To be sure, the original pants lawsuit that Pearson initiated in 2005 is technically over. Neither D.C.'s trial court nor its court of appeals agreed with Pearson's claims that his dry cleaner should be hit with a $54 million judgment for losing a pair of Pearson's pants. Pearson had argued that under D.C. law, the dry cleaner was subject to large daily fines for failing to adhere to a "Same Day Service" sign posted at the business.
Yet despite the international uproar surrounding that case, Pearson is back, this time making employment claims in federal court.
But the federal court was not buying it. Retaliation claims are only viable where an employee has been disciplined or fired for so-called "protected speech." To succeed in his case, Pearson would have to show that his speech (the pants lawsuit) involved a matter of public concern. The fact that he sued in part to compel enforcement of D.C.'s consumer-protection laws (going so far as to characterize himself as a "private attorney general" for doing so) did not impress the judge.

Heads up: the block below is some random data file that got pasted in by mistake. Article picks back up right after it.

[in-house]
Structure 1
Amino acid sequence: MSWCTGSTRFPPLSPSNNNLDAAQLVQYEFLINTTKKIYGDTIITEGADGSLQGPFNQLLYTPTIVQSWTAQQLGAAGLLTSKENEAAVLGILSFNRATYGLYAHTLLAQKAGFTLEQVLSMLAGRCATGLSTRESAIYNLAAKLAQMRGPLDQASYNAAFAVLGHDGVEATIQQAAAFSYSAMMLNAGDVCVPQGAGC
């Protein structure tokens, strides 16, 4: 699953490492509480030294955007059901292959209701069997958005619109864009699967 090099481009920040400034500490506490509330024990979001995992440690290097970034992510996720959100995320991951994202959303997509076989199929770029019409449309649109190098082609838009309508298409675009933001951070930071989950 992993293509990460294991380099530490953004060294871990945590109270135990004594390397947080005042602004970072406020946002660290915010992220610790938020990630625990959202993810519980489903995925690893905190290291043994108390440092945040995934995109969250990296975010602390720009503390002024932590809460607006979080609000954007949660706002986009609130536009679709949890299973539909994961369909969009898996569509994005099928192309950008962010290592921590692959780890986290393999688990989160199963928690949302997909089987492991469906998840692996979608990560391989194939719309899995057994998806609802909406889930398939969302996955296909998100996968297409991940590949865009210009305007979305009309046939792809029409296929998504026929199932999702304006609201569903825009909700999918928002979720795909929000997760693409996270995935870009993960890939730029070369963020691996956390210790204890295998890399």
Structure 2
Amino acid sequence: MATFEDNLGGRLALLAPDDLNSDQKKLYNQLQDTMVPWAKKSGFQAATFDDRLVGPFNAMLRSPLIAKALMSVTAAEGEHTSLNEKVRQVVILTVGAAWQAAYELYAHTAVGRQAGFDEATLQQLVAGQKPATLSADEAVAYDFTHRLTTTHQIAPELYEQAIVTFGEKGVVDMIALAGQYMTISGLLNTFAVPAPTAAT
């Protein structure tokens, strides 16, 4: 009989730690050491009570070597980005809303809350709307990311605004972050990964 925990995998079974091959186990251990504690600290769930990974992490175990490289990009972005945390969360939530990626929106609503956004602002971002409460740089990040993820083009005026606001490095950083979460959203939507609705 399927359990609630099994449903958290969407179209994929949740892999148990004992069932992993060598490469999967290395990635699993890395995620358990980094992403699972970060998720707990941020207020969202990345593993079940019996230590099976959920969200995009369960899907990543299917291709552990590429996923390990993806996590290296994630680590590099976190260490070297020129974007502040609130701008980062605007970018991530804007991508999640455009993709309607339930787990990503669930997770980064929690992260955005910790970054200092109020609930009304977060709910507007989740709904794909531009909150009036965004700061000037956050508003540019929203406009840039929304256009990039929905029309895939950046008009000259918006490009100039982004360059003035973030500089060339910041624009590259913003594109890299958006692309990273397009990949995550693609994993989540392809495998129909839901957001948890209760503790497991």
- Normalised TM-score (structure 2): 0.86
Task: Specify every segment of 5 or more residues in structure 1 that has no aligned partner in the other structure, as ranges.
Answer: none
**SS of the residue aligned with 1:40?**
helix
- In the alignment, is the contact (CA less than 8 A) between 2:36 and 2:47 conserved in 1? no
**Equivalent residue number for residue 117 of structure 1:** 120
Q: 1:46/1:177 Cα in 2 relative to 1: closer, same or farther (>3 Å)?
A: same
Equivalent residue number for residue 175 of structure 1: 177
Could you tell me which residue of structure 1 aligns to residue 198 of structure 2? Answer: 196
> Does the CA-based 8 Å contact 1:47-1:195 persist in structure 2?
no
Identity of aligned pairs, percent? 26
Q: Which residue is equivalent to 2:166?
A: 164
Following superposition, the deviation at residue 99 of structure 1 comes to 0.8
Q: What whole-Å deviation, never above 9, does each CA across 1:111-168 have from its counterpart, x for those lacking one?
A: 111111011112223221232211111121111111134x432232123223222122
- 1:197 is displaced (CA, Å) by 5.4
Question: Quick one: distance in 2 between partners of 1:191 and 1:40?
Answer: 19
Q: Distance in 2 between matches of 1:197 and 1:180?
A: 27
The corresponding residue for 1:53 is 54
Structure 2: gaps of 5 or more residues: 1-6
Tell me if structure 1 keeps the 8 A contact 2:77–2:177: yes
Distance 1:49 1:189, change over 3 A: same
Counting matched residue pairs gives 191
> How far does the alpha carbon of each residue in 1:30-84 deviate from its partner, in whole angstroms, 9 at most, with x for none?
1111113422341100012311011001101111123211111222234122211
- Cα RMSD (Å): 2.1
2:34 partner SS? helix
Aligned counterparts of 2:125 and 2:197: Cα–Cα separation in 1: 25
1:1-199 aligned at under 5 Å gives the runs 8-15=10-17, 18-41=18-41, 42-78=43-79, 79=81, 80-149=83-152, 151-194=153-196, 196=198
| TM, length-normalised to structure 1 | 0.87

So without any "public concern," there was no protected speech, and no retaliation claim could be brought. Never one to back down, Pearson will press on and appeal that decision. We will not be holding our breath to see how that one turns out.
- Ex-Adminstrative Law Judge Takes Suit to the D.C. Circuit (Legal Times)
- Roy L. Pearson, Jr. v. Soo Chung, et al. (opinion in appeal of pants suit)
- Losing a Job: Your Rights (FindLaw's Employee Rights Center)
- Employment Law Overview (provided by Becker Law Firm)